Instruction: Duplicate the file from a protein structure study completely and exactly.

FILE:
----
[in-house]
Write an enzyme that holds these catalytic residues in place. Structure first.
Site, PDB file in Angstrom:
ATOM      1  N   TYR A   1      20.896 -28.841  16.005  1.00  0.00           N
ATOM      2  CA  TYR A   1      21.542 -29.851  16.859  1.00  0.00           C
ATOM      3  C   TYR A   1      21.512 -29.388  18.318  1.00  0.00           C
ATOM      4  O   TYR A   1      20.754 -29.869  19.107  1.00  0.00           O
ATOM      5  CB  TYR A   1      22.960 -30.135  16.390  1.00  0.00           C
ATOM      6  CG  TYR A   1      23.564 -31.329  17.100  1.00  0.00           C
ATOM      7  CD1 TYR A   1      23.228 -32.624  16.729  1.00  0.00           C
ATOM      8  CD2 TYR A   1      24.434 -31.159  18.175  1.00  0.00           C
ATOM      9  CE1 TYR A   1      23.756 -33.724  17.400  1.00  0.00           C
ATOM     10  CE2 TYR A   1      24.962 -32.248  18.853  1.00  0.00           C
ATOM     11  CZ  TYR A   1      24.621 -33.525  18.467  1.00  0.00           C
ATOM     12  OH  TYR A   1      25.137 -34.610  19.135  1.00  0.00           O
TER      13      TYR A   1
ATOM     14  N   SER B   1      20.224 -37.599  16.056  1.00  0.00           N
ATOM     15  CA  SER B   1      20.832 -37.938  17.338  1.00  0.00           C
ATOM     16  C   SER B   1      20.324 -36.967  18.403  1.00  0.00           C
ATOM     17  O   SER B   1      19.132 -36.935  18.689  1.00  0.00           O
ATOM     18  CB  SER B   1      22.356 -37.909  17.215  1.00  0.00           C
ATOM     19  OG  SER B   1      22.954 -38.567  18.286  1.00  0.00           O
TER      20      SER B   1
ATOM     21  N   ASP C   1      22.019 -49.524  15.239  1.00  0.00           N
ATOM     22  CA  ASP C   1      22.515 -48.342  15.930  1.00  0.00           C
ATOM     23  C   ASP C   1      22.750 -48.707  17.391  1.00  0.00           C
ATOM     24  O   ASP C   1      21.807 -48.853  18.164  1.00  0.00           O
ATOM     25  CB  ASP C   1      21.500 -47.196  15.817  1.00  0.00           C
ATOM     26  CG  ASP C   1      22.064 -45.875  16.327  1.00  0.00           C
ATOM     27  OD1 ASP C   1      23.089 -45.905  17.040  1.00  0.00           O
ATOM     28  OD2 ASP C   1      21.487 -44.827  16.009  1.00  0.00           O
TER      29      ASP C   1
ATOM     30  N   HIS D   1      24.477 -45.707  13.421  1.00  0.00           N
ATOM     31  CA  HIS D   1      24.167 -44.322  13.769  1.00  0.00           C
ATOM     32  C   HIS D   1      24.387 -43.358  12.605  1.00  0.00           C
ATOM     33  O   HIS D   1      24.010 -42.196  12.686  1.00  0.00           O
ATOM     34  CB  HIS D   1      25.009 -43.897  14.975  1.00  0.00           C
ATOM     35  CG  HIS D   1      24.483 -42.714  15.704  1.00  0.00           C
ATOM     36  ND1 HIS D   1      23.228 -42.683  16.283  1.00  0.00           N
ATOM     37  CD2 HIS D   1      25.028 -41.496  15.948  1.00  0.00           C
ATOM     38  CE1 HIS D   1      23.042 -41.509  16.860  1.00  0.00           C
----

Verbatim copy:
[in-house]
Write an enzyme that holds these catalytic residues in place. Structure first.
Site, PDB file in Angstrom:
ATOM      1  N   TYR A   1      20.896 -28.841  16.005  1.00  0.00           N
ATOM      2  CA  TYR A   1      21.542 -29.851  16.859  1.00  0.00           C
ATOM      3  C   TYR A   1      21.512 -29.388  18.318  1.00  0.00           C
ATOM      4  O   TYR A   1      20.754 -29.869  19.107  1.00  0.00           O
ATOM      5  CB  TYR A   1      22.960 -30.135  16.390  1.00  0.00           C
ATOM      6  CG  TYR A   1      23.564 -31.329  17.100  1.00  0.00           C
ATOM      7  CD1 TYR A   1      23.228 -32.624  16.729  1.00  0.00           C
ATOM      8  CD2 TYR A   1      24.434 -31.159  18.175  1.00  0.00           C
ATOM      9  CE1 TYR A   1      23.756 -33.724  17.400  1.00  0.00           C
ATOM     10  CE2 TYR A   1      24.962 -32.248  18.853  1.00  0.00           C
ATOM     11  CZ  TYR A   1      24.621 -33.525  18.467  1.00  0.00           C
ATOM     12  OH  TYR A   1      25.137 -34.610  19.135  1.00  0.00           O
TER      13      TYR A   1
ATOM     14  N   SER B   1      20.224 -37.599  16.056  1.00  0.00           N
ATOM     15  CA  SER B   1      20.832 -37.938  17.338  1.00  0.00           C
ATOM     16  C   SER B   1      20.324 -36.967  18.403  1.00  0.00           C
ATOM     17  O   SER B   1      19.132 -36.935  18.689  1.00  0.00           O
ATOM     18  CB  SER B   1      22.356 -37.909  17.215  1.00  0.00           C
ATOM     19  OG  SER B   1      22.954 -38.567  18.286  1.00  0.00           O
TER      20      SER B   1
ATOM     21  N   ASP C   1      22.019 -49.524  15.239  1.00  0.00           N
ATOM     22  CA  ASP C   1      22.515 -48.342  15.930  1.00  0.00           C
ATOM     23  C   ASP C   1      22.750 -48.707  17.391  1.00  0.00           C
ATOM     24  O   ASP C   1      21.807 -48.853  18.164  1.00  0.00           O
ATOM     25  CB  ASP C   1      21.500 -47.196  15.817  1.00  0.00           C
ATOM     26  CG  ASP C   1      22.064 -45.875  16.327  1.00  0.00           C
ATOM     27  OD1 ASP C   1      23.089 -45.905  17.040  1.00  0.00           O
ATOM     28  OD2 ASP C   1      21.487 -44.827  16.009  1.00  0.00           O
TER      29      ASP C   1
ATOM     30  N   HIS D   1      24.477 -45.707  13.421  1.00  0.00           N
ATOM     31  CA  HIS D   1      24.167 -44.322  13.769  1.00  0.00           C
ATOM     32  C   HIS D   1      24.387 -43.358  12.605  1.00  0.00           C
ATOM     33  O   HIS D   1      24.010 -42.196  12.686  1.00  0.00           O
ATOM     34  CB  HIS D   1      25.009 -43.897  14.975  1.00  0.00           C
ATOM     35  CG  HIS D   1      24.483 -42.714  15.704  1.00  0.00           C
ATOM     36  ND1 HIS D   1      23.228 -42.683  16.283  1.00  0.00           N
ATOM     37  CD2 HIS D   1      25.028 -41.496  15.948  1.00  0.00           C
ATOM     38  CE1 HIS D   1      23.042 -41.509  16.860  1.00  0.00           C